Non-Cardiac Origin – Stephen O’Reilly

Too much coffee?

That night, fear came in through the window and found my open, somnolent mouth. Dusty, alien wings flutter against calcium rods. I watch the duvet vibrate in the watery morning light.

At the hospital, the doctors are delighted and a troupe of clammy-handed students come to grope and question.

A splash of joules across my chest is indicated and a nurse wires me up, the watching cardiologist nudging a female student.

“Ever see this before?”

“Just on TV.”

He winks at her and promises that she can press the red button.

She looks at me lying bare-chested in the bed and giggles into her hand at the prospect.

These strangers are the last humans I will ever see.

Milky peace sliding into a wrist. Darkness seeping into my eyes. After all my bravado, in the end, how meekly I succumbed like some ailing pet.

When I wake, they are gone. A passing nurse glances at the steady stream of spiky, phosphorescent facts above the bed and tells me I am fine.

My tongue is swollen. Bitten.

The metallic aftertaste of blood and drugs.

I am afraid.

*      *      *

The next day.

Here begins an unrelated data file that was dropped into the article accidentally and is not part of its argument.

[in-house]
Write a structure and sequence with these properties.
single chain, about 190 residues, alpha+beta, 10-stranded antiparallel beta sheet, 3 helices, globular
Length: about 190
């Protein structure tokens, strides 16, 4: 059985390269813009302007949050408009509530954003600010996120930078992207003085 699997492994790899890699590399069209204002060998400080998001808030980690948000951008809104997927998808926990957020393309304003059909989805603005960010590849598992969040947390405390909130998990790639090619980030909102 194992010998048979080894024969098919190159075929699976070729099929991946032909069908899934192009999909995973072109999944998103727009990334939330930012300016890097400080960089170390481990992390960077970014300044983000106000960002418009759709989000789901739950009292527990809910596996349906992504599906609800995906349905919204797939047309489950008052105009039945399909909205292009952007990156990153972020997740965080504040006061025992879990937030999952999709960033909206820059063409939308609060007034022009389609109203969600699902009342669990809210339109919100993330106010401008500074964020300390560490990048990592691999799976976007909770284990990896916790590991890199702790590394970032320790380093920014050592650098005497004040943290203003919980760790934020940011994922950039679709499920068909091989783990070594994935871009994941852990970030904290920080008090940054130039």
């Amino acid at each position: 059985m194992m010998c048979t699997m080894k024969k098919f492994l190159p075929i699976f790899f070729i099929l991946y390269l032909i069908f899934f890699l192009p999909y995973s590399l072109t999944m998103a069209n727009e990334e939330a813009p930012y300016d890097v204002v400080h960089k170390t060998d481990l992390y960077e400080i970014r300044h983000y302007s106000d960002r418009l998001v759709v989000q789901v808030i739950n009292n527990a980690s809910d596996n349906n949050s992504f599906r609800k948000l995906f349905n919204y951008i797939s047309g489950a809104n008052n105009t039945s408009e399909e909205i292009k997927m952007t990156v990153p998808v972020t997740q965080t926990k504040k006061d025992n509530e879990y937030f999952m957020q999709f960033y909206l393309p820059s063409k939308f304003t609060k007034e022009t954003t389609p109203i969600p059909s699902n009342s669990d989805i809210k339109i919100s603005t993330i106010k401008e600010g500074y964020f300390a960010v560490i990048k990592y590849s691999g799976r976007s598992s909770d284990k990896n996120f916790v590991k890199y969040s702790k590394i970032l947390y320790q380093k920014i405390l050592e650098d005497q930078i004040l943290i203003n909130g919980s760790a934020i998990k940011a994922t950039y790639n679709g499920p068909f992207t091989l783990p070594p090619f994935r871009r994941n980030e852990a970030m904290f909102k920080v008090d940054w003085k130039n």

“I shaved his groin for you Bridget.”

“Ah, thanks.”

I smile at the relief evident in poor Nurse Bridget’s voice. The groin in question vaguely but effectively dodged all morning.

They want to thread a tube through an artery there and go look for the fear.

Poke at it in a darkened room, amid machinery hum and cathode glow.

I can’t care, filled to the hairline with anxicalm.

Afterwards, I am deposited back in a busy hallway, on a trolley with a single sheet of paper no-one can read. Nurses huddle, deciphering in whispers, nervous of the author. He must be an awkward sod.

Non-cardiac origin, they decide eventually.

“Tea? Toast?”

“Coffee,” I tell them, tired of being afraid.

 

STEPHEN O’REILLY lives in Galway. He has previously been short listed for both a Francis MacManus and a Sean O’Faolain Short Story Award. He is a recipient of a Molly Keane Memorial Award and his work has been published in various collections in the UK and Ireland.

Image via Pixabay

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